Also, "point of order" violates feminist copyrights.

      1. Anonymous Coward
        Anonymous Coward

        Re: This needs streamlining...

        "One, if chosen and presented appropriately, will be vastly sufficient (and clearer)."

        Ahh, but which one. There are 10 to choose from you know.

        Oh! That one you're waving in my face?

        Yes, that'll work.

      2. Hollerithevo Silver badge

        Re: This needs streamlining...

        Not getting the feminist jibe, although clearly you never pass up an opportunity. Or is 'point' always uber-meaningful to chaps?

        1. Anonymous Coward
          Anonymous Coward

          Re: This needs streamlining...

          "Not getting the feminist jibe, although clearly you never pass up an opportunity. Or is 'point' always uber-meaningful to chaps?"

          No jibe, no chapism, and the "point" is just the point of the original "point of order" (you think too über-chapoidly).

          Copyright violation because this. Just quoting, thus.


  7. earl grey Silver badge

    you owe me a keyboard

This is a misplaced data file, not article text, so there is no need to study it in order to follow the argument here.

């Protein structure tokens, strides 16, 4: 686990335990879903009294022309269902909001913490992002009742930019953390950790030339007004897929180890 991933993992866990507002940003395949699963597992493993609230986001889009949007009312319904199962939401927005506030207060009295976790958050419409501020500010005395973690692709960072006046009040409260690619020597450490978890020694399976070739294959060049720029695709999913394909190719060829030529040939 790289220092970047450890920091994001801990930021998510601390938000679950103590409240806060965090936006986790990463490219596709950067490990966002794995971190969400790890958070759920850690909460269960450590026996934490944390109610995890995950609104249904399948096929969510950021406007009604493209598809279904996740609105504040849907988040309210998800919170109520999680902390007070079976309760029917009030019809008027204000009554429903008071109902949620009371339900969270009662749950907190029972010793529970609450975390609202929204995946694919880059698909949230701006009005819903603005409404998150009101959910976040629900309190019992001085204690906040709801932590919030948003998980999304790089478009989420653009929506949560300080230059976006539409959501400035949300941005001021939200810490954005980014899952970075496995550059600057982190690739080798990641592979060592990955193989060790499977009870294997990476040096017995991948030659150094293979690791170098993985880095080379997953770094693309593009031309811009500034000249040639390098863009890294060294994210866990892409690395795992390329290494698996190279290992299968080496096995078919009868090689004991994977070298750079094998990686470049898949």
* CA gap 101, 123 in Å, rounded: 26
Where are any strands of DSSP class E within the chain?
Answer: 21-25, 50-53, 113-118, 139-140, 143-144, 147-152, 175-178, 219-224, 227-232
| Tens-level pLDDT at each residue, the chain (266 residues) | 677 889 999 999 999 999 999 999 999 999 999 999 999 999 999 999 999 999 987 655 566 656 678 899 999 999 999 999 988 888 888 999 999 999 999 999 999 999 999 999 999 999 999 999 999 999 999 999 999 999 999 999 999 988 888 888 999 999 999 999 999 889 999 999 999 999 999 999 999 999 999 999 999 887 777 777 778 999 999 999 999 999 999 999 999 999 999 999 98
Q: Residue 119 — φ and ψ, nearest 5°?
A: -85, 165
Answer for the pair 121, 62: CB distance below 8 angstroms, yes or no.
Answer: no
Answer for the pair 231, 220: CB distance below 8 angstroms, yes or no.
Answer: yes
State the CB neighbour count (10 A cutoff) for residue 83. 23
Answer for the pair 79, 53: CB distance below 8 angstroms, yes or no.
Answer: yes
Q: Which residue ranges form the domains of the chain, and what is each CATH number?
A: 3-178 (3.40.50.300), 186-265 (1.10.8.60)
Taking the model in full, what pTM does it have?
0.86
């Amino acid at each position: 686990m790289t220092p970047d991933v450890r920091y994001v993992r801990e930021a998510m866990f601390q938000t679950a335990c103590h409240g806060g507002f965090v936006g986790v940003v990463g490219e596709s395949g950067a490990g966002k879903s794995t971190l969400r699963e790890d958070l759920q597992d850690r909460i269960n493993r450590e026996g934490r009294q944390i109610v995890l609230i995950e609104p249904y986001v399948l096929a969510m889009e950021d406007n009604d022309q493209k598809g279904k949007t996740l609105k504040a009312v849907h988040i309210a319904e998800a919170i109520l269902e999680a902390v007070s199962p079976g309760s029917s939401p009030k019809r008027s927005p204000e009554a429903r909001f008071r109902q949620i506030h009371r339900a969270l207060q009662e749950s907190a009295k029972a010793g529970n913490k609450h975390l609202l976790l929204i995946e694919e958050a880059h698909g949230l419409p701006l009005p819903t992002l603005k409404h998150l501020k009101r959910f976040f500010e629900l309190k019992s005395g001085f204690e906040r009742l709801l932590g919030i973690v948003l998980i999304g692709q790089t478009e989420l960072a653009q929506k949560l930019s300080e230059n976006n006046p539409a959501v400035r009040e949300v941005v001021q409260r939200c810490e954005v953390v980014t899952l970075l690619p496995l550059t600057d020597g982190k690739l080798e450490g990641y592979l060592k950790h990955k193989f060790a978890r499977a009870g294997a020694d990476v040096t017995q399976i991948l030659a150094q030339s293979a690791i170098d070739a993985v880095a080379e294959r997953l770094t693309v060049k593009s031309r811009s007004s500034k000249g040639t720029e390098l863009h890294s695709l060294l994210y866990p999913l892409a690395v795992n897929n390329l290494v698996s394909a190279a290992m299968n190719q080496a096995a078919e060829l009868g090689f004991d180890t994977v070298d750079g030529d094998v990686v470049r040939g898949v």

the GDS one made me snort (something) all over...

  8. Stevie Silver badge


    "We’ve all been in group situations where the discussion is dominated by the most confident or the loudest people in the room,"


    1. Hollerithevo Silver badge

      Re: Bah!

      Not if there is a decent Chair who knows how to control a room.

  9. energystar

    First: That little flying Bro in the background, needs a flying space. Thanks a lot for thinking about his temp. That poor Savannah immigrant. Make sure Britain Visa is in order. [And don't force on Him the Language of the Empire].

    Second: Body language has been the Standard of Excellency, Years millions. Face gestures as language a very local, Caucasian singularity.